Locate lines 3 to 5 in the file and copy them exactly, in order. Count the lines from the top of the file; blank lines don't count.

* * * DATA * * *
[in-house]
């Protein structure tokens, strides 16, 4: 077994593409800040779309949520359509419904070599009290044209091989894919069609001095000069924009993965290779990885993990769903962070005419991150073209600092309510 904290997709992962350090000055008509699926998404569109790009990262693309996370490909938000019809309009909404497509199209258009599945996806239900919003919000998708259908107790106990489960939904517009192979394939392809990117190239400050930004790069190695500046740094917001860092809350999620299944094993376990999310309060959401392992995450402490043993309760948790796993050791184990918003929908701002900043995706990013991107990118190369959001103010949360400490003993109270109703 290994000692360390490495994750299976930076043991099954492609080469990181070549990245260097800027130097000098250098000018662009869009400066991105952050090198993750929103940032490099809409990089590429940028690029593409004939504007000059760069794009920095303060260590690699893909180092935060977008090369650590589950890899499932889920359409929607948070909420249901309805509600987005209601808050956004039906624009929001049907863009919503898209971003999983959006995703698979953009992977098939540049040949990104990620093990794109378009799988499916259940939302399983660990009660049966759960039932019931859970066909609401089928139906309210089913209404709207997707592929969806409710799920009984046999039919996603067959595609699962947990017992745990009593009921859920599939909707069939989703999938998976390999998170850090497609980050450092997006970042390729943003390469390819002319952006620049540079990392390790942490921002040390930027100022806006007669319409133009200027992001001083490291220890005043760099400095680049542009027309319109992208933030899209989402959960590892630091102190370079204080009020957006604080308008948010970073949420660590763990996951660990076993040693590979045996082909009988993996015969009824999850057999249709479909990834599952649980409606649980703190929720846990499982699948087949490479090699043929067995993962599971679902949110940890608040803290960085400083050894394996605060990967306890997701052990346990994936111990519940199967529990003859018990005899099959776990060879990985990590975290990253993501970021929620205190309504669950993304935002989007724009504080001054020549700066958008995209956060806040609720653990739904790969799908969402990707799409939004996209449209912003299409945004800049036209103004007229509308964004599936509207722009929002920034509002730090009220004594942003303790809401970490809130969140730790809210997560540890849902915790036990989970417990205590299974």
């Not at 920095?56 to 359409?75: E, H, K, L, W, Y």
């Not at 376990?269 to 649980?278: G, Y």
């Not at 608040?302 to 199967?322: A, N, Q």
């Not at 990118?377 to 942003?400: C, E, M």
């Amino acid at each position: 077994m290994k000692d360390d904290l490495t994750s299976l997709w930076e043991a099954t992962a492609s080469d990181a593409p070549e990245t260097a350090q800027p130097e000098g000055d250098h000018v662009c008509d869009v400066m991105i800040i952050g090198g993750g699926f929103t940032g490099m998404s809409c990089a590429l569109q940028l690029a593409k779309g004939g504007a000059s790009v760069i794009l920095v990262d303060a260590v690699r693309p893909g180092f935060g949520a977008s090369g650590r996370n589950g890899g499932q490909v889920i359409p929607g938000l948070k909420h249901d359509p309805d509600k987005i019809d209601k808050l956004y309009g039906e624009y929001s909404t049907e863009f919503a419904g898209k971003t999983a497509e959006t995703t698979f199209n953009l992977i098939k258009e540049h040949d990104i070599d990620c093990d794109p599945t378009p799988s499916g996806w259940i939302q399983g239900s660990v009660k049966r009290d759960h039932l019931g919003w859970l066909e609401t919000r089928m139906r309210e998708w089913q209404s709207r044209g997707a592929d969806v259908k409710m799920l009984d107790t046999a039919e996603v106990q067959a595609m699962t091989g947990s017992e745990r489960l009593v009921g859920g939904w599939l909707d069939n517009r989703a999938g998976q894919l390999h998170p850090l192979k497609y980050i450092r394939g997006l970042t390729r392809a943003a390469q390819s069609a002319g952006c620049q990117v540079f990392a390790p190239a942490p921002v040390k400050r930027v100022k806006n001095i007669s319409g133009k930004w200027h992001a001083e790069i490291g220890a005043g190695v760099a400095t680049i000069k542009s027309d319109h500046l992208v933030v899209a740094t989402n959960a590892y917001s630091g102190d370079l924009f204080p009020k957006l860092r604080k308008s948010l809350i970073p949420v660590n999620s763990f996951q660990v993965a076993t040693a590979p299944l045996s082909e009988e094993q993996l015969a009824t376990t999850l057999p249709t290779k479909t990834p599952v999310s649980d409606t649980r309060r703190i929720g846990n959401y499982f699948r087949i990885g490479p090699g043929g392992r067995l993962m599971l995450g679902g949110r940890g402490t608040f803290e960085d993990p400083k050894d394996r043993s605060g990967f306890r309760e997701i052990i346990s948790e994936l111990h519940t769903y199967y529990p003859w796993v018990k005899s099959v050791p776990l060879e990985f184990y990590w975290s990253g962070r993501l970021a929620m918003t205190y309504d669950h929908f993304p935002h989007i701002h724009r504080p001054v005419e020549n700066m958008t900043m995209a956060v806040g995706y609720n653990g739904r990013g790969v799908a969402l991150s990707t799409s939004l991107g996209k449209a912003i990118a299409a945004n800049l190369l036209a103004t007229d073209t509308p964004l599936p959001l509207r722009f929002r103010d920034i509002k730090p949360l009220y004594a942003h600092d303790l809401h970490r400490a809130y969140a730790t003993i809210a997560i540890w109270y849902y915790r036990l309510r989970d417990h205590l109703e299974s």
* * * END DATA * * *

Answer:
């Not at 920095?56 to 359409?75: E, H, K, L, W, Y």
């Not at 376990?269 to 649980?278: G, Y």
């Not at 608040?302 to 199967?322: A, N, Q």